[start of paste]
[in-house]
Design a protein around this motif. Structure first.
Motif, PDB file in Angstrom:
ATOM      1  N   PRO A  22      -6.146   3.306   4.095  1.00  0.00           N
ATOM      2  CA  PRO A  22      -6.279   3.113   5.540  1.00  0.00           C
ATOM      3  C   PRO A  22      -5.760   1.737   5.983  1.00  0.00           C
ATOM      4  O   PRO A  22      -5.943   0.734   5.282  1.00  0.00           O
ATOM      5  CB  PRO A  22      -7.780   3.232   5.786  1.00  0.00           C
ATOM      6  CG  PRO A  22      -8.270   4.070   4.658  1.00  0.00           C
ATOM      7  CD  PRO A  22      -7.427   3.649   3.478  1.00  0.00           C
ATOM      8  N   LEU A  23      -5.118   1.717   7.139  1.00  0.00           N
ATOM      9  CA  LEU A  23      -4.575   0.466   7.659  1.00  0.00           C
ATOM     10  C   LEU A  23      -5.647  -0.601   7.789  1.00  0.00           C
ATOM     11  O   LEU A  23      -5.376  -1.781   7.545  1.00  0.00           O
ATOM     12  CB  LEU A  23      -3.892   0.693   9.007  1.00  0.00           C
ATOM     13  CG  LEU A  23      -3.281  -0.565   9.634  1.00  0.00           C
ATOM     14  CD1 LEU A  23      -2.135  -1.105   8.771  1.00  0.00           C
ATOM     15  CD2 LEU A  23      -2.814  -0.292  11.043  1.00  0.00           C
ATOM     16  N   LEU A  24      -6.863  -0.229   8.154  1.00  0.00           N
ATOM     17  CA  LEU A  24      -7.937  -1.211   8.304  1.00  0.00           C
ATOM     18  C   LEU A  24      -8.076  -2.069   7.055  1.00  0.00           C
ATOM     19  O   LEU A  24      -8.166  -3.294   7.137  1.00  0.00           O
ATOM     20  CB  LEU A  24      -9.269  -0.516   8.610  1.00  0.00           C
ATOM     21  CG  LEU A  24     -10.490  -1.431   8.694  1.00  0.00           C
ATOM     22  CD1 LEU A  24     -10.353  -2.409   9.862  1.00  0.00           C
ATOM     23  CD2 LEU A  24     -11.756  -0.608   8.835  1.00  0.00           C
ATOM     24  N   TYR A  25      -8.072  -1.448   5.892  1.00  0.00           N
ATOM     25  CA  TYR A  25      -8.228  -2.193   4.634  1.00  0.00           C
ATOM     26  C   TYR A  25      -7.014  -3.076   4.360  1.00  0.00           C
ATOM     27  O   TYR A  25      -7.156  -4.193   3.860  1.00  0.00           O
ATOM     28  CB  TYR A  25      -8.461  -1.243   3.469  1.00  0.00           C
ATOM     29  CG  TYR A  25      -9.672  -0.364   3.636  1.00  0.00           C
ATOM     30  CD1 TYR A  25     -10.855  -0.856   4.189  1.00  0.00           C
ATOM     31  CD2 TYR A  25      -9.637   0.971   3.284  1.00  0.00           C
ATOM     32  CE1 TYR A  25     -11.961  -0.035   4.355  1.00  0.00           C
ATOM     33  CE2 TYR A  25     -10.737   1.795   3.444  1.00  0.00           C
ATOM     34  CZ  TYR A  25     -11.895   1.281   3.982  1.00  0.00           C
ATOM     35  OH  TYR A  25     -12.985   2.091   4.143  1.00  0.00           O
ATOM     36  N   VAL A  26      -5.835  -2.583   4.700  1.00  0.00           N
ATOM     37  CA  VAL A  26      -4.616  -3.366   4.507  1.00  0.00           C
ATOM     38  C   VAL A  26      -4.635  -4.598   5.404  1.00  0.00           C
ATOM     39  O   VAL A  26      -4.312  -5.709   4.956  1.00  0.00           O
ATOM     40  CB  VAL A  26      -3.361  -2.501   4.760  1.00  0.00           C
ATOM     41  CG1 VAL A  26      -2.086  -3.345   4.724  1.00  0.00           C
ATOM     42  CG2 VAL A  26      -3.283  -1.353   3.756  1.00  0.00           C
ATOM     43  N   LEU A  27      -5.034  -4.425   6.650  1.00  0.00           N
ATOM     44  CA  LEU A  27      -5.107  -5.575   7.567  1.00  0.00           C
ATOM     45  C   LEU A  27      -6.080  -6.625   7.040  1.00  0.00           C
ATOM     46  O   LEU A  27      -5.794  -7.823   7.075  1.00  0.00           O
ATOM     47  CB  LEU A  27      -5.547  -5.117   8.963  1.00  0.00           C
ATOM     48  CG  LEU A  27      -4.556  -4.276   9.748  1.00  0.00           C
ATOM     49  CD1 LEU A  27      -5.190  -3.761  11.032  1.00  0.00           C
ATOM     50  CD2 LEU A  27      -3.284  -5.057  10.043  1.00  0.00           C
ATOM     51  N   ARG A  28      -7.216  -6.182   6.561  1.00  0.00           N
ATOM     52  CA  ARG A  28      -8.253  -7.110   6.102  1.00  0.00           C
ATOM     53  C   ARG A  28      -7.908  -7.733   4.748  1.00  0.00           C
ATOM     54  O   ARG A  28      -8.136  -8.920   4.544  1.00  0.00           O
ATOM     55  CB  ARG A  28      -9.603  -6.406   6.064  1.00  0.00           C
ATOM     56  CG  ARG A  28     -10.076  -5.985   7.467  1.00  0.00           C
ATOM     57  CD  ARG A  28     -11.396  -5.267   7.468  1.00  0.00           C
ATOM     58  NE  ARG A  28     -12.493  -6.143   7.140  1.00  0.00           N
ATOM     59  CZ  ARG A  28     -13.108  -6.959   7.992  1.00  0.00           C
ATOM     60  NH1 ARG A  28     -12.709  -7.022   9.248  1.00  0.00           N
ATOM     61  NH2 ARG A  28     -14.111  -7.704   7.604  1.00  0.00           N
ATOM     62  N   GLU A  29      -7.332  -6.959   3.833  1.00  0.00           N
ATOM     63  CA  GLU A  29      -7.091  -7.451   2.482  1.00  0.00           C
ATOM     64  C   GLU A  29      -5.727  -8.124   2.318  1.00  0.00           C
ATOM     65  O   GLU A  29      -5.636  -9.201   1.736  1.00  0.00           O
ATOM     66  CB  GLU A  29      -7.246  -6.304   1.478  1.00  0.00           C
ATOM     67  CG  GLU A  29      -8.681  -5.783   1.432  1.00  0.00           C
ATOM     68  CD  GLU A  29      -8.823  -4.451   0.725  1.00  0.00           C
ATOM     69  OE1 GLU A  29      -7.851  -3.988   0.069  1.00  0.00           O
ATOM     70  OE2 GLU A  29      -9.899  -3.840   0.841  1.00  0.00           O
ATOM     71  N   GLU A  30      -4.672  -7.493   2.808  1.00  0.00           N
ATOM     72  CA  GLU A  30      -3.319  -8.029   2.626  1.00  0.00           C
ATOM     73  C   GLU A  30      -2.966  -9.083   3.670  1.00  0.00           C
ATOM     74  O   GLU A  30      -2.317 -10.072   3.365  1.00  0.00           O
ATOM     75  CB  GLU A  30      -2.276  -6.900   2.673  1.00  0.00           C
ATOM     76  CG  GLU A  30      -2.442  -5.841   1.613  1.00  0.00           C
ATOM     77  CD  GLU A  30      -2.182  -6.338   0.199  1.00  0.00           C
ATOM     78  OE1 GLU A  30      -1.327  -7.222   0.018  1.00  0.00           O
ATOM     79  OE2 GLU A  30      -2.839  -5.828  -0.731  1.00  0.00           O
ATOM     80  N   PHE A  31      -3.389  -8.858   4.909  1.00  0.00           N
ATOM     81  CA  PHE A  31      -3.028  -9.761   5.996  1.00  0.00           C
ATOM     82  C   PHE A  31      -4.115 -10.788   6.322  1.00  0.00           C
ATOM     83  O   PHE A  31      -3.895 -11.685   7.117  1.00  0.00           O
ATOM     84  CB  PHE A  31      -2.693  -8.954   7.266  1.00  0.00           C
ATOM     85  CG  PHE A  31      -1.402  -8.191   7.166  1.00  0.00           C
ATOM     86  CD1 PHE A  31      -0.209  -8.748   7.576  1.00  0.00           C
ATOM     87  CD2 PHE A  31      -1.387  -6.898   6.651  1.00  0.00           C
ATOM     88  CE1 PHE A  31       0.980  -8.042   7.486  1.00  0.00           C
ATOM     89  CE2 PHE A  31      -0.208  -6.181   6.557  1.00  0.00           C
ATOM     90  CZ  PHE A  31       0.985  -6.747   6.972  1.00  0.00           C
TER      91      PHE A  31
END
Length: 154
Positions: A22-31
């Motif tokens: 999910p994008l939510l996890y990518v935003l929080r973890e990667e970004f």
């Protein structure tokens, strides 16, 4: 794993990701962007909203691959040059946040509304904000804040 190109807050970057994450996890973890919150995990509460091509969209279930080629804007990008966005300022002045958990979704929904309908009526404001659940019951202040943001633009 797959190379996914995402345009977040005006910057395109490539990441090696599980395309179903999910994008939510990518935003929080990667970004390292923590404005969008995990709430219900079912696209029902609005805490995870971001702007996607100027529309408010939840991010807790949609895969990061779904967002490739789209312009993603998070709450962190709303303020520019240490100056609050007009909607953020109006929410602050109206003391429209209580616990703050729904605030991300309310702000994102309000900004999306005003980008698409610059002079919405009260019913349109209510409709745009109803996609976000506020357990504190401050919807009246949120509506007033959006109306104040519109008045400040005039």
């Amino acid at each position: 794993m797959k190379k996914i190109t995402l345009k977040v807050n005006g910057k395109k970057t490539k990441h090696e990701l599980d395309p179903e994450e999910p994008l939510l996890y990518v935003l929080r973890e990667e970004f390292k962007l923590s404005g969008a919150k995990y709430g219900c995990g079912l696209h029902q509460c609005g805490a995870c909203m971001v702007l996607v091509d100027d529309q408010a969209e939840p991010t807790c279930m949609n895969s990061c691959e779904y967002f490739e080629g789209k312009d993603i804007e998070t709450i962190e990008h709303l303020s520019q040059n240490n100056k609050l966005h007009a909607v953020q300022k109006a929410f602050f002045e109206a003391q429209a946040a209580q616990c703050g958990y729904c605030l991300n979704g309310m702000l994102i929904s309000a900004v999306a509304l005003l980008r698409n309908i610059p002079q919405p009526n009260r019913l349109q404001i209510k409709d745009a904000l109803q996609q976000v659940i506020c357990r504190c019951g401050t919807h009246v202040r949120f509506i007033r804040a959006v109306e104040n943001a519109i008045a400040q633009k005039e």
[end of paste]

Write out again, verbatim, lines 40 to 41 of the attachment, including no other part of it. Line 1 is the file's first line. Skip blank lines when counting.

ATOM     37  CA  VAL A  26      -4.616  -3.366   4.507  1.00  0.00           C
ATOM     38  C   VAL A  26      -4.635  -4.598   5.404  1.00  0.00           C